Monday, December 9, 2019

Being sick sucks.

So if you're wondering about Saturday's missing post, that's why.

I've been sick the past few days (and I basically hibernate when sick), and the kids have been varying degrees of sick as well - which isn't fun either.

I'll try to get my Pi4 Desktop post finished for Saturday and get back on track.

Question to debate in the comments: Will a 64-bit kernel on a Raspbian 32-bit userspace help or hurt performance?  I don't know the answer, and might do some testing if nobody has any conclusive data on the topic.

Sunday, November 24, 2019

Battle of the Boards: Jetson Nano vs Raspberry Pi 4 (and overclocked)

Shortly after I got my Jetson Nano up and running, the Raspberry Pi 4 came out - and, on paper, it looks like it should actually thrash the Nano for just about everything except GPU tasks.  Does it?

Actual comparisons between those two boards are hard to come by.  The internet is long on spec sheet comparisons and awfully short on real world, head to head benchmark results.  When the Pi4 came out, it had some firmware limitations that hurt performance and thermals, which have mostly been resolved by now (supposedly).  The Jetson Nano comes stock with a massive heatsink that really helps out.  So... how do things stack up in the real world?

I've got my Raspberry Pi 3B+, my Raspberry Pi 4, my Jetson Nano (with the very nice stock heatsink), and, for comparison, Clank and a few other machines.  Let's get testing!

Saturday, November 9, 2019

What Replaces 1:1 Net Metering?

One recent area of interest to me is net metering of homeowner-installed energy generation systems - and what's likely to replace it in the long term.  I'm in the process of designing a solar and energy storage system for my property, and I like to design for the long term - a 20-30 year design life of the installed hardware, with a refresh around then (hopefully) to carry the system for the rest of my life.  I optimistically have another 60 years to live, and I don't plan to move at any point in those 60 years (or, at least, will have an operating home base here), so designing long term systems is an interesting challenge.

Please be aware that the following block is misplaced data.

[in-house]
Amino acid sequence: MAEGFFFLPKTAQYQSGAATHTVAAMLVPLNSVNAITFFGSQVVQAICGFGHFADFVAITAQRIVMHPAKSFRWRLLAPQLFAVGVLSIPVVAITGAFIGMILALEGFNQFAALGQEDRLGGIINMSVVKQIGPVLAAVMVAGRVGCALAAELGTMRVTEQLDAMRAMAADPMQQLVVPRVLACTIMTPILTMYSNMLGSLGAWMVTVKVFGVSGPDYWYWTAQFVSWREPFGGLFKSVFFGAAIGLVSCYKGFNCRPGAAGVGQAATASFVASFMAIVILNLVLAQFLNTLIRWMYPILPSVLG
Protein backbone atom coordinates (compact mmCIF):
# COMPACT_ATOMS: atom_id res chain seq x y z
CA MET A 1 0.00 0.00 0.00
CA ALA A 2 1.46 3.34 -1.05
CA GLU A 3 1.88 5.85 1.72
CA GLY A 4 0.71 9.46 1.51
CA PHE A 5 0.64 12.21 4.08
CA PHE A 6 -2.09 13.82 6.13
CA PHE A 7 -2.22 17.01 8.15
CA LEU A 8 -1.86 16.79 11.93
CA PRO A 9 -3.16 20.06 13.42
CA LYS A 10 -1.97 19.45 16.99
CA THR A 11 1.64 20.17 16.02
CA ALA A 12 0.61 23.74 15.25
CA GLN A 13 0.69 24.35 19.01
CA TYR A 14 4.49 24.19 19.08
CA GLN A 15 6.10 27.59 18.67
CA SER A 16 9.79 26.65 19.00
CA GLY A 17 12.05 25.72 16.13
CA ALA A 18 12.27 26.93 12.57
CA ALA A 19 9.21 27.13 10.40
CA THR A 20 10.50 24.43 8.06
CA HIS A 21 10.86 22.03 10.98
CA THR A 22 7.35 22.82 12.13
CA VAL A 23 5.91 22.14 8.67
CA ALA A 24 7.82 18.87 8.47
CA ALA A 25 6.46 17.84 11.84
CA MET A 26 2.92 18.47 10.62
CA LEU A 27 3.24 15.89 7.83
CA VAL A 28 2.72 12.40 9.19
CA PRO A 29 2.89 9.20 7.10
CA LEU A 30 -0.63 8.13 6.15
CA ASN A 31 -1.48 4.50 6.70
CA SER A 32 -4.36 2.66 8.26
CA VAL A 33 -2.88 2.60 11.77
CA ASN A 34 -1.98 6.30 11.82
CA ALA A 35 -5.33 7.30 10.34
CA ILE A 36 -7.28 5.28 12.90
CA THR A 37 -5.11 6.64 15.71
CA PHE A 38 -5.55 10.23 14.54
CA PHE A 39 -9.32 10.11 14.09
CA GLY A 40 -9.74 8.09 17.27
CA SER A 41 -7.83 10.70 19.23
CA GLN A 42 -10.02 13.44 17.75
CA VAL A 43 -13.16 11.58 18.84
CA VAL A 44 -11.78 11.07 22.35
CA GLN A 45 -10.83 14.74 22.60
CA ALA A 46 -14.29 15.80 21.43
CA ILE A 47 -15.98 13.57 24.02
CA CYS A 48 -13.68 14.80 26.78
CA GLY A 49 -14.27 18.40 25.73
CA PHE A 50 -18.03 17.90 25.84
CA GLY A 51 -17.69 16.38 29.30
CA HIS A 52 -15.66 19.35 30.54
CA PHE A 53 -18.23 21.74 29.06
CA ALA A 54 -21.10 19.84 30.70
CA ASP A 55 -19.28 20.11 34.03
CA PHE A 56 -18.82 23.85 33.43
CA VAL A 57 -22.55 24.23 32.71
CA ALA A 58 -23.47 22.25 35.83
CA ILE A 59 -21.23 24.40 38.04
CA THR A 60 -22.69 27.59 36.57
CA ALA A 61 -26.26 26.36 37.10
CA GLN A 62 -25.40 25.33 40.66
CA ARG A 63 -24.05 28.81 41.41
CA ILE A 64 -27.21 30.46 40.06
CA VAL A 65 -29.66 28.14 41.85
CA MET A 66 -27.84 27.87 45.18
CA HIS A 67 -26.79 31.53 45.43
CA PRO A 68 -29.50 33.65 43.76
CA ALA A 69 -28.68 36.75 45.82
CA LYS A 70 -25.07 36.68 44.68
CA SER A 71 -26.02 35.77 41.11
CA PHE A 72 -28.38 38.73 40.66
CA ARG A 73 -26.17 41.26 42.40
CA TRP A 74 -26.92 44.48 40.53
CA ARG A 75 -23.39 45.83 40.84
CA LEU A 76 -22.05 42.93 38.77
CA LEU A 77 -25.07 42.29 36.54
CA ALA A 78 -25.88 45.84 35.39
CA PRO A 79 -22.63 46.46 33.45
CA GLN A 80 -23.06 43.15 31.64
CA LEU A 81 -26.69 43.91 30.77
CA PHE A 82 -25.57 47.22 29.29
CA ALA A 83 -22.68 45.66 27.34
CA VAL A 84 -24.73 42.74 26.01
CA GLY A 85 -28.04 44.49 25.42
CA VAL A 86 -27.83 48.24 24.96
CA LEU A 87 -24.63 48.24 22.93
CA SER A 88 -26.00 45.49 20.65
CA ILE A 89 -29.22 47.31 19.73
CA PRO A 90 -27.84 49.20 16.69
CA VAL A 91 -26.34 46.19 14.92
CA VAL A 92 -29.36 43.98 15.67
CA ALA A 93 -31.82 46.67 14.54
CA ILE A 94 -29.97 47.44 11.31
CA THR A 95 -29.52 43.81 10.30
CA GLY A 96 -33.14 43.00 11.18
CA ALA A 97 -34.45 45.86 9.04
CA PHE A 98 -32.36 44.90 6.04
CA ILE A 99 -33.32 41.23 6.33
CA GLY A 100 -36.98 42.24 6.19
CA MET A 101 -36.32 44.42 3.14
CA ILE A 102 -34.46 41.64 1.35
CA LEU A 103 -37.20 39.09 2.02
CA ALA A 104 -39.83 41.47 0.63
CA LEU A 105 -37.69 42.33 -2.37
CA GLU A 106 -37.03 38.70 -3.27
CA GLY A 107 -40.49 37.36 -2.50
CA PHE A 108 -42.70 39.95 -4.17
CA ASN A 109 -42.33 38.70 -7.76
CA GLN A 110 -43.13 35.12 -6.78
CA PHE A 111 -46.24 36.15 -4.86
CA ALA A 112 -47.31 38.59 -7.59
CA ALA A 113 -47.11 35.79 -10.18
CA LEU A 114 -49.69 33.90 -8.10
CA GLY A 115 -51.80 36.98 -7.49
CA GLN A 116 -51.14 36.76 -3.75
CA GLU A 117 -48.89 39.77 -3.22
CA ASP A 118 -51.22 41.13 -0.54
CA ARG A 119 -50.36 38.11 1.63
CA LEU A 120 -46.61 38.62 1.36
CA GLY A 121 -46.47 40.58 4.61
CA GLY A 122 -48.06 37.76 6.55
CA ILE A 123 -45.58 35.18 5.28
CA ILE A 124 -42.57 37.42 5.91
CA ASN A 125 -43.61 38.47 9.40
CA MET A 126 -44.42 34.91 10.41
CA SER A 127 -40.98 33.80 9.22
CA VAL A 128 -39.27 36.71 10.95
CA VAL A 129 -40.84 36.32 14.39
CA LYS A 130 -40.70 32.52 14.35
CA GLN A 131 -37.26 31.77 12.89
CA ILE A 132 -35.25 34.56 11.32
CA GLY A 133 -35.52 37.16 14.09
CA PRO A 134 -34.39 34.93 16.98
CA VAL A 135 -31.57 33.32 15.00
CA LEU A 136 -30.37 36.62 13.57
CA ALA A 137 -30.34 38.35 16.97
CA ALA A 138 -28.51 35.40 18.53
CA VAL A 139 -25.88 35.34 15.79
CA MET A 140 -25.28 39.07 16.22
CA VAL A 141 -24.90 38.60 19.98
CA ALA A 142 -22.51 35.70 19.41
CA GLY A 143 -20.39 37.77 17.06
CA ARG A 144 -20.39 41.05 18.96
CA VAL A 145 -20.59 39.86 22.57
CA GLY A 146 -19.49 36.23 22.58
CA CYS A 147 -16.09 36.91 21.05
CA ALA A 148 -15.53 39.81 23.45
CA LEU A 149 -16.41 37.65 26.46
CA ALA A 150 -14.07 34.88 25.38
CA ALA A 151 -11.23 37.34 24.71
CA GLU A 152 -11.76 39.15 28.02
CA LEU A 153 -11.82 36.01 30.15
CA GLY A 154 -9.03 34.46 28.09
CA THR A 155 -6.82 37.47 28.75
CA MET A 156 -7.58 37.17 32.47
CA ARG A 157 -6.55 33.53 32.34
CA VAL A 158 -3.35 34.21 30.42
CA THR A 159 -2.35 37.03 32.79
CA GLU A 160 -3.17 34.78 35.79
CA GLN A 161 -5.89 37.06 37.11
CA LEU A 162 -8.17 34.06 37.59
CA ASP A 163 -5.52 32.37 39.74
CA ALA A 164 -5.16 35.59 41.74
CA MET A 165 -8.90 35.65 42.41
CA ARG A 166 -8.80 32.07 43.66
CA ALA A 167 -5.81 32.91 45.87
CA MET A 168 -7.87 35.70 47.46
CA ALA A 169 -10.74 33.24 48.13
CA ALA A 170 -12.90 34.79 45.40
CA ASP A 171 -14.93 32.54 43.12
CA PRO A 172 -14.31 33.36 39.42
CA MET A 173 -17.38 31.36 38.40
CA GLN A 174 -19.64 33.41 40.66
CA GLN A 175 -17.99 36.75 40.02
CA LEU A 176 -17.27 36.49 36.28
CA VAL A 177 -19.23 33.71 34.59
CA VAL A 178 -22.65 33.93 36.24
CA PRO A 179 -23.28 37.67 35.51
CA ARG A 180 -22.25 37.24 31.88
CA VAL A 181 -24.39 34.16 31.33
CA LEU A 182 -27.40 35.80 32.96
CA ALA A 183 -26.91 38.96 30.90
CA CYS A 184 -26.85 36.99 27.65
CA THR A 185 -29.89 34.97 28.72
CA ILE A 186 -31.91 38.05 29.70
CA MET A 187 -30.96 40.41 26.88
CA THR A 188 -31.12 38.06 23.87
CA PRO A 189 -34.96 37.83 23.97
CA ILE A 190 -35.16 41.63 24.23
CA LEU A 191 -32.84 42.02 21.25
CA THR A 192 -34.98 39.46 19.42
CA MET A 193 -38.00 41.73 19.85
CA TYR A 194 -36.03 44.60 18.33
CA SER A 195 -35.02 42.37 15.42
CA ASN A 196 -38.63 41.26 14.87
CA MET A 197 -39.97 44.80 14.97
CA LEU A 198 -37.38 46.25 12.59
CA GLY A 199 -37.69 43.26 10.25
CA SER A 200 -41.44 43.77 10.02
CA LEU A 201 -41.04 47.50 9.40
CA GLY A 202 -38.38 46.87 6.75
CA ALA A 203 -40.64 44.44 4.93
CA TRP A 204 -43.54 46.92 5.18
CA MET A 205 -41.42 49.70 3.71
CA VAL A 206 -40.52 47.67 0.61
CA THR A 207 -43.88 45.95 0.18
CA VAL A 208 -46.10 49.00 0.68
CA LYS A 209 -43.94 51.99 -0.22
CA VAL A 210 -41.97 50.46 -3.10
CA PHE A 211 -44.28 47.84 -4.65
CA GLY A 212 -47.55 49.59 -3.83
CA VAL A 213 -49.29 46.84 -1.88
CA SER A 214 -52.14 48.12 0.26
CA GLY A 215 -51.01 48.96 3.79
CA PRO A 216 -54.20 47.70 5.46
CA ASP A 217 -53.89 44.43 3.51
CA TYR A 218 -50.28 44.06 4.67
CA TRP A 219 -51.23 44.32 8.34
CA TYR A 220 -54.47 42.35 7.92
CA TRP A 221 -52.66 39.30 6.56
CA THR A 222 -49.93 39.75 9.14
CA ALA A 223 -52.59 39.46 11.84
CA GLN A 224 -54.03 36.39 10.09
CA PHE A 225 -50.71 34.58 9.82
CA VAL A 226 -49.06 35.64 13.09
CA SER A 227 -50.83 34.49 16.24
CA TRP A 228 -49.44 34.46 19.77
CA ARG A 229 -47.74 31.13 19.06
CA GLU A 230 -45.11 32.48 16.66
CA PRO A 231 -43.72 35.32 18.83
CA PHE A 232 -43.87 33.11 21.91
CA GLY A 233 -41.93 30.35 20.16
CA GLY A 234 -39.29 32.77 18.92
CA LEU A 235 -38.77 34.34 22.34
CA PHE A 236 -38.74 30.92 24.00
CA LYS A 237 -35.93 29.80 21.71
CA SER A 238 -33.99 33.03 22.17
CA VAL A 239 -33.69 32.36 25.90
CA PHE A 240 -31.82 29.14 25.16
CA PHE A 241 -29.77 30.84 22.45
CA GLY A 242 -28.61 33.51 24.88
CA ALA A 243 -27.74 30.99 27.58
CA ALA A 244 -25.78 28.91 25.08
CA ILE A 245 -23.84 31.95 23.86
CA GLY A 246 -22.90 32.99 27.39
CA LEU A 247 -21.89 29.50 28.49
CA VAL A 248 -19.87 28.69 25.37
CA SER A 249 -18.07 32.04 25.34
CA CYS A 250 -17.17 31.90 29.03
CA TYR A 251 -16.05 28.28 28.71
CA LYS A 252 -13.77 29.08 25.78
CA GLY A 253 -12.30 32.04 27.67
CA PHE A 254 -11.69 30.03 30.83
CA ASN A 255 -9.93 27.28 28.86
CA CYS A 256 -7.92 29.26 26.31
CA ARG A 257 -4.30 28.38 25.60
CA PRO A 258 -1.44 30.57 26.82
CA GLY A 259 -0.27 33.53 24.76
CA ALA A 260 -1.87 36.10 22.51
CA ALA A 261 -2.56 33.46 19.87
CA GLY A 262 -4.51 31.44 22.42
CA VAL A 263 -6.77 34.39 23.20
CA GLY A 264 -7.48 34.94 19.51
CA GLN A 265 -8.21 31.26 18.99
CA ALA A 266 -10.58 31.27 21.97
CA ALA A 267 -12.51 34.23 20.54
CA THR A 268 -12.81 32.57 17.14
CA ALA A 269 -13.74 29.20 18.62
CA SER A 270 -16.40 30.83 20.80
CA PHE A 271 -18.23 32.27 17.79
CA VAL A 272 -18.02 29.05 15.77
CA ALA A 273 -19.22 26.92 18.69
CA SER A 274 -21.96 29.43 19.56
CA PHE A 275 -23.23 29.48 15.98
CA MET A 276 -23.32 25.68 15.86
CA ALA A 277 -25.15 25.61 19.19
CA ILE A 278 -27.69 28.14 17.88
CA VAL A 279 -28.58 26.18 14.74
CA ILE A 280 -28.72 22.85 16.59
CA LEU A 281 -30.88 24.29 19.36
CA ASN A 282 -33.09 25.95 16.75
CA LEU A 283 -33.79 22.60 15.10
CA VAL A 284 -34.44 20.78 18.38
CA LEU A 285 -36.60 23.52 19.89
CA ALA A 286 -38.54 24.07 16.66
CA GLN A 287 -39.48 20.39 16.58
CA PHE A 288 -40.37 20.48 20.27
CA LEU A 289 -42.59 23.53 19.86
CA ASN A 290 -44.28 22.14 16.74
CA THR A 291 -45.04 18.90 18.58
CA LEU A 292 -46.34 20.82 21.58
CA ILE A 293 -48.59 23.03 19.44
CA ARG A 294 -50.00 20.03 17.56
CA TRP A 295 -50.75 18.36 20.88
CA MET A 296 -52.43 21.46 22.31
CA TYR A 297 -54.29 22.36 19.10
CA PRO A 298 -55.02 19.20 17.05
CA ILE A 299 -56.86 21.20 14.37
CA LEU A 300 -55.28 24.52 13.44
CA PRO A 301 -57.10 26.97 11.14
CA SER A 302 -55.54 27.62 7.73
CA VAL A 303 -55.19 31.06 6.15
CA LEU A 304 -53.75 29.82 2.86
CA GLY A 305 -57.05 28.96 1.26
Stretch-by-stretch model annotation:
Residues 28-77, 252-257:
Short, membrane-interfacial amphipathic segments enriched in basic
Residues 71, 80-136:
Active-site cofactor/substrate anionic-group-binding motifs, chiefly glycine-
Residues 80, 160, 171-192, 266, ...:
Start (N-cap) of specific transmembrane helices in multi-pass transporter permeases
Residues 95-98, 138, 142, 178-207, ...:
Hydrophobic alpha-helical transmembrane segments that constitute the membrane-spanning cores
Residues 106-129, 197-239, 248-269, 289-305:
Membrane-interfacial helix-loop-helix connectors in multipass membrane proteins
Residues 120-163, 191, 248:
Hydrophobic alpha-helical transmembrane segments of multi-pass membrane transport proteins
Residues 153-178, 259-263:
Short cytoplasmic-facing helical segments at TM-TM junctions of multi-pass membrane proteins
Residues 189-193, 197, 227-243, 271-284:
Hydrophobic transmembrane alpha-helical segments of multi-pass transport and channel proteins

Before wading into the waters of designing grid-tied home solar, I sat down and did an awful lot of reading on net metering, the various replacements for it, power grid issues, and all that sort of great evening reading (which I do genuinely enjoy).  There are many problems with net metering, long term, and I expect it's going to disappear within the design life of my system.  It's actively in the process of disappearing in a lot of places, mine included.  So, how does one design a system for a somewhat unknown future?  Sample the likely options and see how one's design fares against all or most of them!

Interested?  You should be!  Net metering is an important part of the future of the power grid - and how it's done has a massive impact on how sustainable power systems will be!

Sunday, October 27, 2019

Random Kid Projects: AM Radios, Line Following Cars, and Powerwheels

One perk of having kids is that you have an excuse to play with kids toys (and make them into projects)!  I try to involve them in the process when I can, because it's a good set of skills to learn.

This pile of equipment is the last few projects with my kids (though mostly my daughter) - a line following car, repairing an old little radio, and some PowerWheels (which are, in fact, as cool as they seem like they should be).

What sort of fun did this involve?  Plenty!  And a few custom battery builds!

Saturday, October 12, 2019

Solar Shed Part 18: Resolving Water Ingress

I haven't posted much about my office lately, simply because there just hasn't been much to post.  It works - very, very well.  I have most of the quirks worked out, I stay cool in the summer, warm in the winter, and dry in the rain.  Except, my office wasn't always dry, and it took me a few years to realize this.

My office door faces south, and if I had rain coming from the south (which doesn't happen that often), my office was taking on water.  I knew it was a bit wet on the inside, but I didn't realize just how wet a corner (behind some boxes) was getting.  No, that's not a good color to find on your wood.

But, like anything else, I've worked out most of the problems and resolved it - I hope!

What happened and how did I work it out?  Keep reading!

Saturday, September 28, 2019

A Tale of a Ural Head

Urals!  Crazy Russian motorcycles with sidecars.  And, sometimes, a source of some crazy failures that just leave you scratching your head.

I've been riding a 2005 Ural for about 3 years now, and I recently ran into some issues that required replacing one of the cylinder heads.  Screwing up a cylinder head is fairly rare, and I'm not even certain how the failure happened in the first place - but such is life with a Russian clone of an old BMW, upgraded slightly through the years, and put into modern service.

You've probably either cringed in pain after that photo or have literally no idea what it is and what it's even supposed to look like in the first place.  Keep reading, and I'll explain most of it!

Yes.  We are whiplashing from Electric Vehicles in the Treasure Valley and Adding an EV Charging Station to repairing an 80 year old engine design that happens to be my daily driver.  Enjoy!

Saturday, September 14, 2019

Adding a Public EV Charging Station Near Nampa, ID

I've installed a perfectly functional public EV charging station near downtown Nampa!

There's 32A worth of 240V fury a couple blocks off downtown, set up with the EVMatch charging network, and the setup works great!

This has been an interesting, somewhat drawn out process - but if you're looking to do something like this, you'll find a bunch of useful information in here about what the process looks like.

Should you?  Yes.  You absolutely should.